Even low levels of air pollution can damage health, study finds

·2 min read
<span>Photograph: Robert McGouey/Alamy</span>
Photograph: Robert McGouey/Alamy

A study in one of the cleanest countries in the world could help governments think about future ways to manage air pollution.

Abundant data from London’s infamous 1952 smog onwards tells us that breathing high concentrations of air pollution harms our health. This feeds into the 20th-century idea of targets for the quality of our air. However, the new study looked at the health harm from air pollution from another angle.

Census records for more than 7 million Canadians from between 1981 and 2016 were combined with air pollution data to find out if small amounts of particle pollution were still harmful.

Despite the relatively clean air, the study found that nearly 8,000 Canadians were dying early each year from outdoor air pollution. Notably, even people in the cleanest areas were experiencing an impact on their health.

Air pollution harm was seen at concentrations that were at about one half of the latest World Health Organization guideline and at just quarter of the 2040 target proposed for England.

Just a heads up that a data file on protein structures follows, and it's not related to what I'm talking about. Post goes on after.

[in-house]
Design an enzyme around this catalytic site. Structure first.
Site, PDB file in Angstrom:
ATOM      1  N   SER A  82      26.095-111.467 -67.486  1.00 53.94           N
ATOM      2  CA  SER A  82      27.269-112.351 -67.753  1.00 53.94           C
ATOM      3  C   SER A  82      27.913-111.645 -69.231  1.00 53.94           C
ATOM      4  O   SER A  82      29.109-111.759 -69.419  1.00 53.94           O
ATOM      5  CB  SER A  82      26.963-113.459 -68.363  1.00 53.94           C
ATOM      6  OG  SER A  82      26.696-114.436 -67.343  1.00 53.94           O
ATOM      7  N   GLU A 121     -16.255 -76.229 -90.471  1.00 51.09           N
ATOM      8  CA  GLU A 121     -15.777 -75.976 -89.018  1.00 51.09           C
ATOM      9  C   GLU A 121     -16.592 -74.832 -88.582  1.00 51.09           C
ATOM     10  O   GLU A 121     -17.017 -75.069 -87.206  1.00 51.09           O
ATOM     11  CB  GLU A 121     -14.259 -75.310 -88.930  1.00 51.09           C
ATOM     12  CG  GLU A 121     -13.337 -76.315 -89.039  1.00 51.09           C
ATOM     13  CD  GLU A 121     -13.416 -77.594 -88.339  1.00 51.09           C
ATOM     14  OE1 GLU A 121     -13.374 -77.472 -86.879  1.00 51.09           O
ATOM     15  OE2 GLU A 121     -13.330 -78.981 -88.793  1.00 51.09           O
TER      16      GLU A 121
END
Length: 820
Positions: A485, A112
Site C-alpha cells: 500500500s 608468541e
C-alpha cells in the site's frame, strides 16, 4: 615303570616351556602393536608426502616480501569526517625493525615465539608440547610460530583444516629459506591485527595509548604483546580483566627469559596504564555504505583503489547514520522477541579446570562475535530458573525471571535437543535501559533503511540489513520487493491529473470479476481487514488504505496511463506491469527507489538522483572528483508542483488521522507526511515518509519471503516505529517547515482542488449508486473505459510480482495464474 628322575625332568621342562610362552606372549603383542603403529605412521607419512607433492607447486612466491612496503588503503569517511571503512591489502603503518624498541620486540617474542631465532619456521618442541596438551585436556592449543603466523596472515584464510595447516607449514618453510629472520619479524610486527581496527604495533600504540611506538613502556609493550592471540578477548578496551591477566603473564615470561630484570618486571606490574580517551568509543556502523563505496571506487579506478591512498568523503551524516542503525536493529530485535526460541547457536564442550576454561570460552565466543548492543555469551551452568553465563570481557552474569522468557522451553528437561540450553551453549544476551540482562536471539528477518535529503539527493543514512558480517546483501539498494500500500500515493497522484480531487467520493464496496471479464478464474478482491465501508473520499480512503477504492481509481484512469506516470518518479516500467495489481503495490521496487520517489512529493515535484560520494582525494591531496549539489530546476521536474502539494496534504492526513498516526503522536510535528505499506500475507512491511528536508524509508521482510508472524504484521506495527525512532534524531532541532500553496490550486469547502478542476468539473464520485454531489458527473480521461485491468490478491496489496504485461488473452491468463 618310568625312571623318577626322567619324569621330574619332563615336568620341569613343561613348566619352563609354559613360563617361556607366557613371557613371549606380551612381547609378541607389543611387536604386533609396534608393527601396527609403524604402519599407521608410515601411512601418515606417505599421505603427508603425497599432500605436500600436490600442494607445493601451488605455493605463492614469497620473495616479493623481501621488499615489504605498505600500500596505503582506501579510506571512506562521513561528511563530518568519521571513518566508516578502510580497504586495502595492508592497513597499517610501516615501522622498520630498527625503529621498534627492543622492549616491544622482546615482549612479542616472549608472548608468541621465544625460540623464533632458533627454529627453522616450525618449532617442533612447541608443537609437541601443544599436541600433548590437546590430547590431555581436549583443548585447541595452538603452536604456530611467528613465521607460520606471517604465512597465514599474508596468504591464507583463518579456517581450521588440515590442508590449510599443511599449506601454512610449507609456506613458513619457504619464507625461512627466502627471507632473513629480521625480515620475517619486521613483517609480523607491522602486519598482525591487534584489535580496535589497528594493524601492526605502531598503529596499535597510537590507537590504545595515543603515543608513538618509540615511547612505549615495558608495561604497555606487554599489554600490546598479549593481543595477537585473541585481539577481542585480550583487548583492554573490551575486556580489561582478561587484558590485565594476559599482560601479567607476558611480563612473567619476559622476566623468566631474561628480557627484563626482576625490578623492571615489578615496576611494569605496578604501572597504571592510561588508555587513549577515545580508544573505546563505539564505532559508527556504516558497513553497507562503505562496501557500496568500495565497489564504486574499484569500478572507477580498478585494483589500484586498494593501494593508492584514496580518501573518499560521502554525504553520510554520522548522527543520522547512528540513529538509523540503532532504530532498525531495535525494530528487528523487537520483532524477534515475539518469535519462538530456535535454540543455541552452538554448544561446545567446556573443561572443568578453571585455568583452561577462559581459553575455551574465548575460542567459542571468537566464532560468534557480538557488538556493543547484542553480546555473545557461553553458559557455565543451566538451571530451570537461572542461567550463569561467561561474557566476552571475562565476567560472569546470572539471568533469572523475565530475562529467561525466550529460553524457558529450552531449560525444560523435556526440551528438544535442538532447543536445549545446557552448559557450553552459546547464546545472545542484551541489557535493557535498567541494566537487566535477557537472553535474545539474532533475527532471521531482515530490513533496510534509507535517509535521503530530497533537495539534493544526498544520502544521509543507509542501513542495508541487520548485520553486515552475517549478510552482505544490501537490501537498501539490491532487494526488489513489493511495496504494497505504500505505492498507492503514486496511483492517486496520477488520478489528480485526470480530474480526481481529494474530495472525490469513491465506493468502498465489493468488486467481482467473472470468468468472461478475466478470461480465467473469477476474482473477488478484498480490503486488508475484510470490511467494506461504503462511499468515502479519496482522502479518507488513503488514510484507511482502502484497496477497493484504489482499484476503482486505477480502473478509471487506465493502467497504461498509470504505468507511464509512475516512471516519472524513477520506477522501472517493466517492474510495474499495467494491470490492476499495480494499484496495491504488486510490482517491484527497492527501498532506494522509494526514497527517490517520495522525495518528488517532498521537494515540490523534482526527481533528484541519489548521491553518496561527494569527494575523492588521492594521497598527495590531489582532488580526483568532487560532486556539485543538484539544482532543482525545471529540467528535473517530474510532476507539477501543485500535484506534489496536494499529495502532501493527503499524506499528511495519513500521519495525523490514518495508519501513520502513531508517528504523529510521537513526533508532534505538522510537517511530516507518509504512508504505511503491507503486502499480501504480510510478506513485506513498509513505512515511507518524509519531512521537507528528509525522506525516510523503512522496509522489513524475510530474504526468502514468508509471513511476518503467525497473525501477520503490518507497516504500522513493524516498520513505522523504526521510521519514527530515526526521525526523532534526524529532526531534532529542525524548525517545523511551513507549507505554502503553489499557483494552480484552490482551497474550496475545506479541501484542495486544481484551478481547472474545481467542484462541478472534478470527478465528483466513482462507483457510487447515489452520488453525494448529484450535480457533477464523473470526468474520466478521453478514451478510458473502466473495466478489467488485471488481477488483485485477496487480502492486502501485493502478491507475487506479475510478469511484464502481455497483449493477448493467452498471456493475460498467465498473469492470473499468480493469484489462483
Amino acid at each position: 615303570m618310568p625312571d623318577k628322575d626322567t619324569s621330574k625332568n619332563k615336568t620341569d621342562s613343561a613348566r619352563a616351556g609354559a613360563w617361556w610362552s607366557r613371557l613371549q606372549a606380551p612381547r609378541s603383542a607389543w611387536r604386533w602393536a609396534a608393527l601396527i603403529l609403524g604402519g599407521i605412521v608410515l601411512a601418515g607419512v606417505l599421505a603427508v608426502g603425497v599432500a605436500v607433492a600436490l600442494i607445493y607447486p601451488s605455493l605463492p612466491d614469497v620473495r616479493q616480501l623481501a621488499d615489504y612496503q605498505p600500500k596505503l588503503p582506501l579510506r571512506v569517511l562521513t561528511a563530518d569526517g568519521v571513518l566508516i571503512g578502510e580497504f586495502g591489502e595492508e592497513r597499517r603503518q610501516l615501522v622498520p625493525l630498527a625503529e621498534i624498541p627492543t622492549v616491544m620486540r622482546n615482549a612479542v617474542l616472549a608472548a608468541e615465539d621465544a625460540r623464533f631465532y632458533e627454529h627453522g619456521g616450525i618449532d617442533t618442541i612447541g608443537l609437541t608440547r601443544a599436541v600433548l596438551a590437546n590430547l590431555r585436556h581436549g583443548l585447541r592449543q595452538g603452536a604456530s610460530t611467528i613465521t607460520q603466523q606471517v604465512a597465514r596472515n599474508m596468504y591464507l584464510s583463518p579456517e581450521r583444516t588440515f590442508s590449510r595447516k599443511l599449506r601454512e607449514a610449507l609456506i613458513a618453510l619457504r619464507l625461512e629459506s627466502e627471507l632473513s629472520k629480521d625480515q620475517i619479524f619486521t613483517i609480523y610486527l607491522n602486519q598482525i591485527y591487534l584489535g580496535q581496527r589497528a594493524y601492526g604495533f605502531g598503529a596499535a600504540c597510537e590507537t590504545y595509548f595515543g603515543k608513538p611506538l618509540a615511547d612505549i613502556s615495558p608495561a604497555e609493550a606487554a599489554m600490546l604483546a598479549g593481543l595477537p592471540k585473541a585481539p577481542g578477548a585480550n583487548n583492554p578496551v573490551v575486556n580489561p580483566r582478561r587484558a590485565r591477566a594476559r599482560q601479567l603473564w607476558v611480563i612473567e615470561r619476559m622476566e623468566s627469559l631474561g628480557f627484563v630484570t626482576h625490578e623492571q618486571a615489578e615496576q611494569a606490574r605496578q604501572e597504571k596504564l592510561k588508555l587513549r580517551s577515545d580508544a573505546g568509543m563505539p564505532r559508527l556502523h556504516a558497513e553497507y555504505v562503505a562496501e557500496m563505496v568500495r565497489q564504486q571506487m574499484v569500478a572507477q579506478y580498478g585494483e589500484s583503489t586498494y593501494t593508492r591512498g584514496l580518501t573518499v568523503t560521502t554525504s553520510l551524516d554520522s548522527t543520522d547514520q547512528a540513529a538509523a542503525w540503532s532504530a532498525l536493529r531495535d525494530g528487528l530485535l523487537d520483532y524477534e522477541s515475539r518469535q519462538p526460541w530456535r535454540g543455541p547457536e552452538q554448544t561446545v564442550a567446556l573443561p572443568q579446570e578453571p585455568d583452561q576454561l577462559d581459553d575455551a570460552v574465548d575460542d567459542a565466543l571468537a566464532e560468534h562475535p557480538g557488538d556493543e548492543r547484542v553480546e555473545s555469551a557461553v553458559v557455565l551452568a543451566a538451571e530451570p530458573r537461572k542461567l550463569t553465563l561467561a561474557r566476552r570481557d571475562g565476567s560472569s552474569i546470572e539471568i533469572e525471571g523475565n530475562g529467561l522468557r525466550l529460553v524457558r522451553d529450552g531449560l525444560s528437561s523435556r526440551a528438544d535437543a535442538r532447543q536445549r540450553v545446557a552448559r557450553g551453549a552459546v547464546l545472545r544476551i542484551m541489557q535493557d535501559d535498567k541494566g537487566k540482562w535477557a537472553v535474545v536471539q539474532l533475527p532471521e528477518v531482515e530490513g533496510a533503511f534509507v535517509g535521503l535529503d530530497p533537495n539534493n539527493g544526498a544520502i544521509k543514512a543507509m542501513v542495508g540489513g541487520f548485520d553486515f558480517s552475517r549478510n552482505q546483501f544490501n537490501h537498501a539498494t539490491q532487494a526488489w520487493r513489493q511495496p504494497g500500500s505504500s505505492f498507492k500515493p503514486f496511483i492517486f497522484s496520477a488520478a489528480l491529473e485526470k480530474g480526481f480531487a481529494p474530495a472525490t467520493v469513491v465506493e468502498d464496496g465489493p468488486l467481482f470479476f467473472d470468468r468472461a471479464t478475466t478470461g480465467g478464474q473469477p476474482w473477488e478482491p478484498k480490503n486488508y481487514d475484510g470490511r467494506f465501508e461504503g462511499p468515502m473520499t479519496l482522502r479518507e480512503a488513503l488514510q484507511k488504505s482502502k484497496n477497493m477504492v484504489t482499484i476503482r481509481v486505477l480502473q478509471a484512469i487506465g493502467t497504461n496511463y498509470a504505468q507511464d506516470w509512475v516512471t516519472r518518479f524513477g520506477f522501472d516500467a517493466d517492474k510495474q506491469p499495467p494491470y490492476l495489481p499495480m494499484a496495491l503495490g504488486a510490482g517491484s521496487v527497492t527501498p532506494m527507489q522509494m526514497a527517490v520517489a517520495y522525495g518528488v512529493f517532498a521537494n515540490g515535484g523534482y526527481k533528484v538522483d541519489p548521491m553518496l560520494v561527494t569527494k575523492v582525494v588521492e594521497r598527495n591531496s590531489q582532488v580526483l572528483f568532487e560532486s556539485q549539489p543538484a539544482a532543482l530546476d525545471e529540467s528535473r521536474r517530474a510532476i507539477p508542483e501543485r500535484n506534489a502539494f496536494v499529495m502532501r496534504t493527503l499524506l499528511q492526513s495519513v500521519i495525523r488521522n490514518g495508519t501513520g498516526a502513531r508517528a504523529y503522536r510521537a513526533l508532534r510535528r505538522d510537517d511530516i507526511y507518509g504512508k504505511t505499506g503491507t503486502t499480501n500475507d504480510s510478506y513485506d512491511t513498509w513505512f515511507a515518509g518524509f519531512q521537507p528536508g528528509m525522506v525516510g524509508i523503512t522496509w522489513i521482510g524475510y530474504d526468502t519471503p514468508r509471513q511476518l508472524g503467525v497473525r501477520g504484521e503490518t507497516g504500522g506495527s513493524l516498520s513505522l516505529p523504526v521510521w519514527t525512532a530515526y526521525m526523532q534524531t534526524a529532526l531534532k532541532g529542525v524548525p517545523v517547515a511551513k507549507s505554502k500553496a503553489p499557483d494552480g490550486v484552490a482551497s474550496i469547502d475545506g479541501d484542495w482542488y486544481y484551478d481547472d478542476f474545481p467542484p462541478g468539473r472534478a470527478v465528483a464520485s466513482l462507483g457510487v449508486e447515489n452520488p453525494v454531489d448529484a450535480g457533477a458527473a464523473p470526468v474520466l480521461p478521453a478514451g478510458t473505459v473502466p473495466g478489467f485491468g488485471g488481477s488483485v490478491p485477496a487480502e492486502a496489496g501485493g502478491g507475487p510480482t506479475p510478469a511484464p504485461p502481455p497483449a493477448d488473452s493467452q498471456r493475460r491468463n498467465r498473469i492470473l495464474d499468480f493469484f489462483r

The Canadian study was one of three funded by the US Health Effects Institute. The other two looked at more than 60 million people in the US and 27 million people in Europe. They reached similar conclusions: there is no lower limit that can be used to define safe air quality. This means governments should not constrain their ambition around setting targets for the worst air that people should breathe.

Prof Michael Brauer from the University of British Columbia, who led the Canadian study, said: “These findings suggest important health benefits could be gained from continued reductions in air pollution and more stringent regulatory standards, including in countries such as Canada and the UK.

“Considering that we don’t identify a ‘safe’ level of air pollution, we should rethink our approach and focus on continued reductions year by year, rather than just setting fixed concentration standards that are only reviewed every five to 10 years. The health impacts are far too large.”

Last month, a UK review warned that air pollution contributes to dementia and a US review highlighted how asthma can start from being exposed to air pollution from traffic. Although UK and European countries are committed to reducing average particle pollution and the total pollution produced by each country, the growing evidence underlines the need for action to improve air pollution everywhere and especially for young and vulnerable people.